Transcript: Turmeric Curcumin and Colon Cancer
The low incidence of large and small bowel cancer in India is often attributed to natural antioxidants, such as curcumin in the diet, the yellow pigment in the spice turmeric, which is used in curry powder. However, it is imperative to recall that beneficial effects attributed to diets are seldom reproduced by administration of a single ingredient in that diet. For example, diets rich in beta-carotene lower the risk of tobacco-related cancers, but the administration of beta-carotene pills does not. That doesn’t stop researchers from trying though.
Back in 2001, in a last ditch attempt to save the lives of 15 patients with advanced colorectal cancer that didn’t respond to any of the standard chemotherapy agents or radiation, they started them on a turmeric extract. It appeared to help stall the disease in a third of the patients, 5 out of 15, suggesting turmeric extract may cause clinical benefit in at least some patients with advanced refractory colorectal cancer.
Now if we were talking about some new kind of chemo, and it only helped one in three, you’d have to weigh that against chemo side effects, losing your hair, the sloughing of your gut, intractable vomiting, maybe being bed-ridden. So in a drug scenario, a one in three benefit may not sound particularly appealing, but when you’re talking about plant extract proven to be remarkably safe, even if it just helped 1 in a 100 it would be worth considering. With no serious downsides, a one in three benefit for end-stage cancer is pretty exciting.
To see if they could prevent colon cancer, five years later, researchers at Cleveland Clinic and Hopkins tested two phytochemicals, curcumin (from turmeric) and quercitin, (found in red onions and red wine) in people with familial adenomatous polyposis. Colon cancer forms from polyps, and there’s this disease that runs in families in which you develop hundreds of polyps, which will eventually turn into cancer unless you have your colon prophylactically removed. So they took five such patients who already had their colons removed, but still either had their rectum, or a little intestinal pouch, which were still packed with polyps. This is where they started out, between 5 and 45 polyps each, and this is where they ended up after six months of curcumin and quercitin supplements. On average, they ended up with fewer than half the polyps, and the ones they had left, shrunk in half. Here’s a representative endoscopic photograph before-and-after. Now you see them now you don’t. But what about patient one? Got rid of all their polyps by month three, but then they seemed to come back. So they asked them what’s what, and it turned out the patient stopped taking the supplements. Darn it. So they put ’em back on the phytonutrient supplements for another three months, and the polyps, came back down, all with virtually no adverse events and no blood test abnormalities.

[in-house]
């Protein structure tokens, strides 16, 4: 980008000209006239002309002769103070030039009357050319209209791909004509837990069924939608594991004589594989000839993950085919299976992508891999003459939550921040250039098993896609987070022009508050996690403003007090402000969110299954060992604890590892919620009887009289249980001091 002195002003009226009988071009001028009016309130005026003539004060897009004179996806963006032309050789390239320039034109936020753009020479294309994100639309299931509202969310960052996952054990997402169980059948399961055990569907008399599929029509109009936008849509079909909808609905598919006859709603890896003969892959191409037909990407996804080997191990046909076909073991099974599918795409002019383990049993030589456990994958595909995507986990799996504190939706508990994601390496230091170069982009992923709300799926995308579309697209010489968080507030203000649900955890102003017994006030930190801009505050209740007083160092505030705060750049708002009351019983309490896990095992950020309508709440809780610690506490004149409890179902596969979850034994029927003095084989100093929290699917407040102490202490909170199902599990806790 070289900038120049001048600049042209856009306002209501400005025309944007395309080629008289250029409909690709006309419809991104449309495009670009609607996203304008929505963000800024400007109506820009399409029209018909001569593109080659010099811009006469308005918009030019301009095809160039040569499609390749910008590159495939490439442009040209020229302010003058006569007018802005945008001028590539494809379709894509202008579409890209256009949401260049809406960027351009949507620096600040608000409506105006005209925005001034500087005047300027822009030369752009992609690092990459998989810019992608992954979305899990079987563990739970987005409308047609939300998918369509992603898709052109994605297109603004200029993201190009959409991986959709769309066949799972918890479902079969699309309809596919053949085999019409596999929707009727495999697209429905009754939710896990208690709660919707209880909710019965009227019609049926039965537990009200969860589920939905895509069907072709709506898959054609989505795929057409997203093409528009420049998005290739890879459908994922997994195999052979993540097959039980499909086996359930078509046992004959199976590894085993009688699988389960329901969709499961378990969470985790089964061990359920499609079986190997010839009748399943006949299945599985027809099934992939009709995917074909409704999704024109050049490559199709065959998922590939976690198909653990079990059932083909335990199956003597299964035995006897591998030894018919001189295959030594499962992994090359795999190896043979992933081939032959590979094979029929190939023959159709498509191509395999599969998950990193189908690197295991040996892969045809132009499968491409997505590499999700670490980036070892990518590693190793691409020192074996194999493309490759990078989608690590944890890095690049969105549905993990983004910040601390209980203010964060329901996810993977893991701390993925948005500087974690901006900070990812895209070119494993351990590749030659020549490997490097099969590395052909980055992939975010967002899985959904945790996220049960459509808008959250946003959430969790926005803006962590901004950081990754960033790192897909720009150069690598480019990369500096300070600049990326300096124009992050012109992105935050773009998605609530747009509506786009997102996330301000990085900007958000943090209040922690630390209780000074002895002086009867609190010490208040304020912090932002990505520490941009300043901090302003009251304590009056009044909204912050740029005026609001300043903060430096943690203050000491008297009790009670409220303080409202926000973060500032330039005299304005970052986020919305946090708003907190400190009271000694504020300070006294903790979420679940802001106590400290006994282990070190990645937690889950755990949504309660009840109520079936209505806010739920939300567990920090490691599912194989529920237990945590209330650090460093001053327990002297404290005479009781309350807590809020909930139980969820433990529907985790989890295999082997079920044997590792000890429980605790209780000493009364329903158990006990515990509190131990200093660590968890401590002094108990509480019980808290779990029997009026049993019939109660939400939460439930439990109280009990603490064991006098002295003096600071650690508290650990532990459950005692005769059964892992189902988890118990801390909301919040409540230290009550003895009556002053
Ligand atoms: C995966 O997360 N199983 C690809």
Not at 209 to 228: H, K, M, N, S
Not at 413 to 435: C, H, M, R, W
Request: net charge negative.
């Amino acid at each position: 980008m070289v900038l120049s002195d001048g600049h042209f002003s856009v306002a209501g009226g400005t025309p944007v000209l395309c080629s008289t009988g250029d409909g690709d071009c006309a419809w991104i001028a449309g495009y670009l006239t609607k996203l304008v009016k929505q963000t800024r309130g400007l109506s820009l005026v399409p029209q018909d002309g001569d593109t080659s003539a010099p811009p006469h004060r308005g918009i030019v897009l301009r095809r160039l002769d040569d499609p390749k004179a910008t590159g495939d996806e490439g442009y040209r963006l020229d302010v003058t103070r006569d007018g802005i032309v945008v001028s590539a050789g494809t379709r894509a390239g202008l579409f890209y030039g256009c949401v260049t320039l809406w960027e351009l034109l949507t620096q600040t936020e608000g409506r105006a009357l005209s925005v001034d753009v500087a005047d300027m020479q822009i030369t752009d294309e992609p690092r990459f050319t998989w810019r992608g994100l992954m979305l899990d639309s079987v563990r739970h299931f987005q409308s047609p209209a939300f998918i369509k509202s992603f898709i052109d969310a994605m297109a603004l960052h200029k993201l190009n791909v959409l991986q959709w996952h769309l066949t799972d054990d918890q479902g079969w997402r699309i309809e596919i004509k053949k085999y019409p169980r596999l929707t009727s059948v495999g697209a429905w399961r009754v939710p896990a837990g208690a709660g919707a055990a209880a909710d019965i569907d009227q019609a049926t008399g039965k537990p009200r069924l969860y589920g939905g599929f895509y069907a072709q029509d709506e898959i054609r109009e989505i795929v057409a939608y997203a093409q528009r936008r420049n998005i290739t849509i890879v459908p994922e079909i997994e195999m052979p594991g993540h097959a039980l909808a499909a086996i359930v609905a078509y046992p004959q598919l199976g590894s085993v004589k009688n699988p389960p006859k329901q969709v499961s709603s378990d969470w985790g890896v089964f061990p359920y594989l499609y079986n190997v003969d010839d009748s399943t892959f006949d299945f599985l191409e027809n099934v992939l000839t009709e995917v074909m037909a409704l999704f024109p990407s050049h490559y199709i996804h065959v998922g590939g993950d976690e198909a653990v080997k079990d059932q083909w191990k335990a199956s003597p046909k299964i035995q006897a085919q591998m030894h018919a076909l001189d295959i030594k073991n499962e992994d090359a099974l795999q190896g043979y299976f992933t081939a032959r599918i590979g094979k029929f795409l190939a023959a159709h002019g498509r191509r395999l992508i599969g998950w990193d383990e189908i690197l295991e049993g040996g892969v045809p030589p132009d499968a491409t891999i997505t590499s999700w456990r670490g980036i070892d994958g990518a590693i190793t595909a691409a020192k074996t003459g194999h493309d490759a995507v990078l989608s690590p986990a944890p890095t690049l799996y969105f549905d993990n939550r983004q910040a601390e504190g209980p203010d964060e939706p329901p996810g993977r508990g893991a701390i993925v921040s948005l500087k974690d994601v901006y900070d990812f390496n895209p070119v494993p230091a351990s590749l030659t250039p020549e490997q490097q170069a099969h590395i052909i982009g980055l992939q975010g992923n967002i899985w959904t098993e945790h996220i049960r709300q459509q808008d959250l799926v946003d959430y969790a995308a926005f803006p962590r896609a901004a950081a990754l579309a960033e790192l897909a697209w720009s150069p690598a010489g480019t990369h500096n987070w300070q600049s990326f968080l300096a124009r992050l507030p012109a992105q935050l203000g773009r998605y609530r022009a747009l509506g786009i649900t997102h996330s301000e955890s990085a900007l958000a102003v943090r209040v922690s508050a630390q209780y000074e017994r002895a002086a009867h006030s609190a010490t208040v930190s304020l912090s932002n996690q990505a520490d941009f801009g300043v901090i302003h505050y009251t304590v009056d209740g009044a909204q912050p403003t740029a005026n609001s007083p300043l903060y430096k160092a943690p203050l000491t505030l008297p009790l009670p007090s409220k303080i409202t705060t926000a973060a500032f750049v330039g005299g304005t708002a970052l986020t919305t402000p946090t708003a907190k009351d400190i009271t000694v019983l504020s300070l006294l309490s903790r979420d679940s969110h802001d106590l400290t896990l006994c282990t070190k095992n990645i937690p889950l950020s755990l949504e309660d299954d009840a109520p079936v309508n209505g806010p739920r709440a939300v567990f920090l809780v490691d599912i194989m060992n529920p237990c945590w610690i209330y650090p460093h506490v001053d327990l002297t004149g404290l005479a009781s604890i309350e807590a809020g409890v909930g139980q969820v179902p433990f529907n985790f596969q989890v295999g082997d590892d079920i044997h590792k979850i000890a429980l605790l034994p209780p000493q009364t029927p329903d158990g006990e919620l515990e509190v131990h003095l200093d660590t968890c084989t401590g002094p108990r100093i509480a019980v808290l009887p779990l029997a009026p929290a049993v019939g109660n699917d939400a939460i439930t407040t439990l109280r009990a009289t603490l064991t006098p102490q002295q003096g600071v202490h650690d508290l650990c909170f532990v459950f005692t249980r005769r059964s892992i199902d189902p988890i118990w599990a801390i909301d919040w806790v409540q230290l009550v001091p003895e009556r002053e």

By studying people at high risk for colon cancer there were able to show noticeable effects within just months. But polyposis is a rare disease; they were only able to recruit five people for the study. Thankfully smokers are a dime a dozen. Another five years later, researchers put 44 smokers on turmeric curcumin supplements alone, for a month and measured changes in their colorectal aberrant crypt foci, which may act like the precursors to polyps, which are the precursors to cancer. And we can see just one month there was a significant drop in the number of these abnormal crypt foci in the high dose supplement group but no change in the low dose group, with no dose-limiting side effects, although the stools in the participants did turn yellow.
To see any graphs, charts, graphics, images, and quotes to which Dr. Greger may be referring, watch the above video. This is just an approximation of the audio contributed by Katie Schloer.
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